There is no doubt that women made history in the 2018 election, running for and winning elected office in record numbers. Non-incumbent women won at higher rates than men across most levels of office and were responsible for the majority of congressional, gubernatorial, and statewide elected executive offices that flipped from red to blue. Women of color made history at various levels of office and – perhaps most notably for the future – challenged biased perceptions that they can win over majority-White electorates; more than one-third of women of color elected to the U.S. House for the first time in 2018 won in majority-White districts.

Success went beyond the numbers for women candidates in 2018, however. Many women challenged gender and intersectional biases while campaigning, embraced gender as an electoral asset instead of a hurdle to overcome, and cleared hurdles that have historically deterred or derailed women candidates’ emergence or success.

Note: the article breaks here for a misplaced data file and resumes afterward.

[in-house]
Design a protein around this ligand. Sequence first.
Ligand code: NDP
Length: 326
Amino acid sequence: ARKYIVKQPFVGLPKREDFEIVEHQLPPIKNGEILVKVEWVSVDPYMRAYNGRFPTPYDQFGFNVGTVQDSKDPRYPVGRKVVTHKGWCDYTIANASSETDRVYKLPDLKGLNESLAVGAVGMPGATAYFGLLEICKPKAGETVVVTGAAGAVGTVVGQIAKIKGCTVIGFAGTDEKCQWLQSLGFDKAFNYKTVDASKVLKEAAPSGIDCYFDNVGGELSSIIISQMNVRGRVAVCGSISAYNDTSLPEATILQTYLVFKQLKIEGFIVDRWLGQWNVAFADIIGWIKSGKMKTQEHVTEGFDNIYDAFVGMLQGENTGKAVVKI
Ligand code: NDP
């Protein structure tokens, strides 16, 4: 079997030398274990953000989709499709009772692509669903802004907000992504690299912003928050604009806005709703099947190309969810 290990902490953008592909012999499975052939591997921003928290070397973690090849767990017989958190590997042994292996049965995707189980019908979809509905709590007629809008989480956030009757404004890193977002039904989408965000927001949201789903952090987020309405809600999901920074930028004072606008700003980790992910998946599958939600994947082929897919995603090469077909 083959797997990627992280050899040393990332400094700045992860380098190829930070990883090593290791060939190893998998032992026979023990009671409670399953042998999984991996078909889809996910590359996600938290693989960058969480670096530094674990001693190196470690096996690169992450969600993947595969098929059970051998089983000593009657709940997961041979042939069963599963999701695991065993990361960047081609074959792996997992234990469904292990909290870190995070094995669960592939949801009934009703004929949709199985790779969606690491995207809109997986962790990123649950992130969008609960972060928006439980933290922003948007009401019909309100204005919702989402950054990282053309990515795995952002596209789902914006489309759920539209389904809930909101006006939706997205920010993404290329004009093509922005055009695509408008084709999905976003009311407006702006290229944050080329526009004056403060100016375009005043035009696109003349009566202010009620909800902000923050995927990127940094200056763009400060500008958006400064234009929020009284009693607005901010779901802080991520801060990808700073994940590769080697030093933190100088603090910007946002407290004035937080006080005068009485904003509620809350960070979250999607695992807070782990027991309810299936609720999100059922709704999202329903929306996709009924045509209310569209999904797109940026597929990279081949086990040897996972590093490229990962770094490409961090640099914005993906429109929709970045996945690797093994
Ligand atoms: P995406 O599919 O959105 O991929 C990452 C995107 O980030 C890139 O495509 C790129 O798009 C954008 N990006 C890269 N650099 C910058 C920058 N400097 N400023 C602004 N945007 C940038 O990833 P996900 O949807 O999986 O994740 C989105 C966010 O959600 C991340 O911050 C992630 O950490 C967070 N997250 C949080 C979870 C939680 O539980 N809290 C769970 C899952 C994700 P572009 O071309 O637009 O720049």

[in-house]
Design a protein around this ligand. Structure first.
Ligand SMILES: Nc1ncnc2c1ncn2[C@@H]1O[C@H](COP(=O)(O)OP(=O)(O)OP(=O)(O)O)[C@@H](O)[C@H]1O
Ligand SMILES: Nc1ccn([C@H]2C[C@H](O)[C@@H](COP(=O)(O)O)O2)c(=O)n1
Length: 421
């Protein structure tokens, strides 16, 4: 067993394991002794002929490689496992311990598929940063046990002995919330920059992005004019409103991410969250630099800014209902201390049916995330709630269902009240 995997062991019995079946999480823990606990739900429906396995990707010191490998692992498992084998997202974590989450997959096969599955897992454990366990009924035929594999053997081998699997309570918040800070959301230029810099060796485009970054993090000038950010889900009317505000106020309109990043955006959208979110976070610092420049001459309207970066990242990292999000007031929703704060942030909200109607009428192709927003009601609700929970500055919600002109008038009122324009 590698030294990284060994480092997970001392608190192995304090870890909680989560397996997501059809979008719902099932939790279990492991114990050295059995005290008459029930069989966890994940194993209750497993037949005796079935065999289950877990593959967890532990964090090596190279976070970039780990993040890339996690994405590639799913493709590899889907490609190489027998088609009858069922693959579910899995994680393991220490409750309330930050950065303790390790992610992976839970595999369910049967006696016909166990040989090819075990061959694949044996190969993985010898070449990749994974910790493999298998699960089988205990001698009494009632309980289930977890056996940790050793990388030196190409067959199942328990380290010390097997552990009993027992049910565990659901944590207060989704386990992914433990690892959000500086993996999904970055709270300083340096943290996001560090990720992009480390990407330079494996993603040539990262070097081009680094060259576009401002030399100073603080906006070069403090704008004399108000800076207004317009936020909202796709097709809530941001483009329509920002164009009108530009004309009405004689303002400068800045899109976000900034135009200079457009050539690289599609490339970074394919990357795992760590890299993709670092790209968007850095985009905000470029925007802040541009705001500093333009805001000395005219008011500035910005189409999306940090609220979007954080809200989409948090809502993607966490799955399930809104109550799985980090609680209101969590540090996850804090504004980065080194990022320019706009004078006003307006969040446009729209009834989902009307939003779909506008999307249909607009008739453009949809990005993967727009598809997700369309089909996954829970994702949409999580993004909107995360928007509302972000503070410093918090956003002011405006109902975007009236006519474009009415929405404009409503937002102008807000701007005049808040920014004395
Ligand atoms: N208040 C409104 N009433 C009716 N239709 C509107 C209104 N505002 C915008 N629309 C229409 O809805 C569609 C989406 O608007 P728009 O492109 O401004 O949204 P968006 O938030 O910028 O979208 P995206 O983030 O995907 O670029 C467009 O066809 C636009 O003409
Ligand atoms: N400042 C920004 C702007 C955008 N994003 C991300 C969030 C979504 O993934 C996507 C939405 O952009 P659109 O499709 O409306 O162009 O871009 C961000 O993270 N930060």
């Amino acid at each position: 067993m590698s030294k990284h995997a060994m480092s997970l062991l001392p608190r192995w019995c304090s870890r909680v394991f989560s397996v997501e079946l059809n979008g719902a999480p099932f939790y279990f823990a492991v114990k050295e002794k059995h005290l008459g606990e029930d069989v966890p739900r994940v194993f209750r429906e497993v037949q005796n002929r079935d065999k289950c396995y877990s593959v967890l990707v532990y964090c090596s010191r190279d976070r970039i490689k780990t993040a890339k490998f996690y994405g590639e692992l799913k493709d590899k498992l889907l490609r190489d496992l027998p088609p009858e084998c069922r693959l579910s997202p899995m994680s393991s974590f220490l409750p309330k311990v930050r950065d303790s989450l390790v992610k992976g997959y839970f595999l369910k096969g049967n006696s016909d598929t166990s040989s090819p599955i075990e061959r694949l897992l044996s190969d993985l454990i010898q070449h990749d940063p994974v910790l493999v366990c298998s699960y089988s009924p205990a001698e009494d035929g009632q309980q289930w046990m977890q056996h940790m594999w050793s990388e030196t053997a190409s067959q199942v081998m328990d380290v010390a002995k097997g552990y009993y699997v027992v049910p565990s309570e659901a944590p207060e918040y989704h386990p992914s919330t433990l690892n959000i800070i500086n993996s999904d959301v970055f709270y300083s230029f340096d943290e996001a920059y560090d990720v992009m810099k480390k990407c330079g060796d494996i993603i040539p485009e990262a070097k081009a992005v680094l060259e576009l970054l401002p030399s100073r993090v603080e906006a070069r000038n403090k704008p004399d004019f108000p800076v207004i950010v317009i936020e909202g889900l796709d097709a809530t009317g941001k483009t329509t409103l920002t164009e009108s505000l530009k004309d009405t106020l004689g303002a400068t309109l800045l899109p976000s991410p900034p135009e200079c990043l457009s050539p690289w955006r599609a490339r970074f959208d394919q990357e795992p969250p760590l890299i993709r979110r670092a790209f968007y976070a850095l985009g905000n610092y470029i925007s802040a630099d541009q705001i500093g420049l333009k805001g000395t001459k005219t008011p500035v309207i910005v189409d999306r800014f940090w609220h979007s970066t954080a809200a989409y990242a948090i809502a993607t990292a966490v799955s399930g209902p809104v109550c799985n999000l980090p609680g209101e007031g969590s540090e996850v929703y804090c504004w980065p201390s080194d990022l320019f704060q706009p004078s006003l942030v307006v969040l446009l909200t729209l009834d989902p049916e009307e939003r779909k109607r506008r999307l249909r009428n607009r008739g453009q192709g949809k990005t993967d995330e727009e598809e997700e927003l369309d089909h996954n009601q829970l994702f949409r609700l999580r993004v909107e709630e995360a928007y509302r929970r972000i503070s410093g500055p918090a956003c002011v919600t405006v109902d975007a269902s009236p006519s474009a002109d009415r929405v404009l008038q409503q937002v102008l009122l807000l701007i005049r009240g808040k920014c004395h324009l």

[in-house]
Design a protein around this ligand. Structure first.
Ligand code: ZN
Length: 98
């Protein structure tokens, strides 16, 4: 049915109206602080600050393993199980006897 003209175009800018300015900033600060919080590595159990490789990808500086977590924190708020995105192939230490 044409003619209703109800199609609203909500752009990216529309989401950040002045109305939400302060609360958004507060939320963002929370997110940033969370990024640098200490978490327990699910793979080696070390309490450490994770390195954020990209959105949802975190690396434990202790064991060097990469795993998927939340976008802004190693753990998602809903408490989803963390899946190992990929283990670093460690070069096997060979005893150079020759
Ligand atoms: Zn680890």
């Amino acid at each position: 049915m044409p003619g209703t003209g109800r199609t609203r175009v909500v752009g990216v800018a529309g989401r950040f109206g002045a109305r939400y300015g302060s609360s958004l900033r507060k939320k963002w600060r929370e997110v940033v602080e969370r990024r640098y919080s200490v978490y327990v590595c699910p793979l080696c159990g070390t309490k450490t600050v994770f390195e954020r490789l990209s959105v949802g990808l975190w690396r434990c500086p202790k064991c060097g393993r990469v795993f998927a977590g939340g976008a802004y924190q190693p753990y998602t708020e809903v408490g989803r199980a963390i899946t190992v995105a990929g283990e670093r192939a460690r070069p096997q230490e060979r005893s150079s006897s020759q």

2. But the 2018 election did not upend durable gender and intersectional disparities in electoral politics and officeholding.

Too often, the gender story of 2018 has been simplified to note the success of one group of women: Democrats. While Democratic women made historic gains in 2018, the number of Republican women officeholders declined at every level of office. Moreover, women’s numeric success simply chipped away at centuries-long exclusion and underrepresentation of women, and especially women of color, in American political institutions. Even amidst the “surge,” women were less than 25% of all candidates in 2018 and are less than one-third of officeholders from the state legislative level upward in 2019.

Beyond persistent inequities in the numbers, women continue to face electoral challenges that are distinct from men: party and financial support infrastructures vary by gender and race; stereotypes and sexism continue to shape candidate evaluation; women candidates combat sexualized harassment and threats of violence; and gender biases persist in media coverage of and commentary on U.S. campaigns. The ground is shifting in each of these areas, with positive signs of progress for women, but it is certainly premature to declare mission accomplished.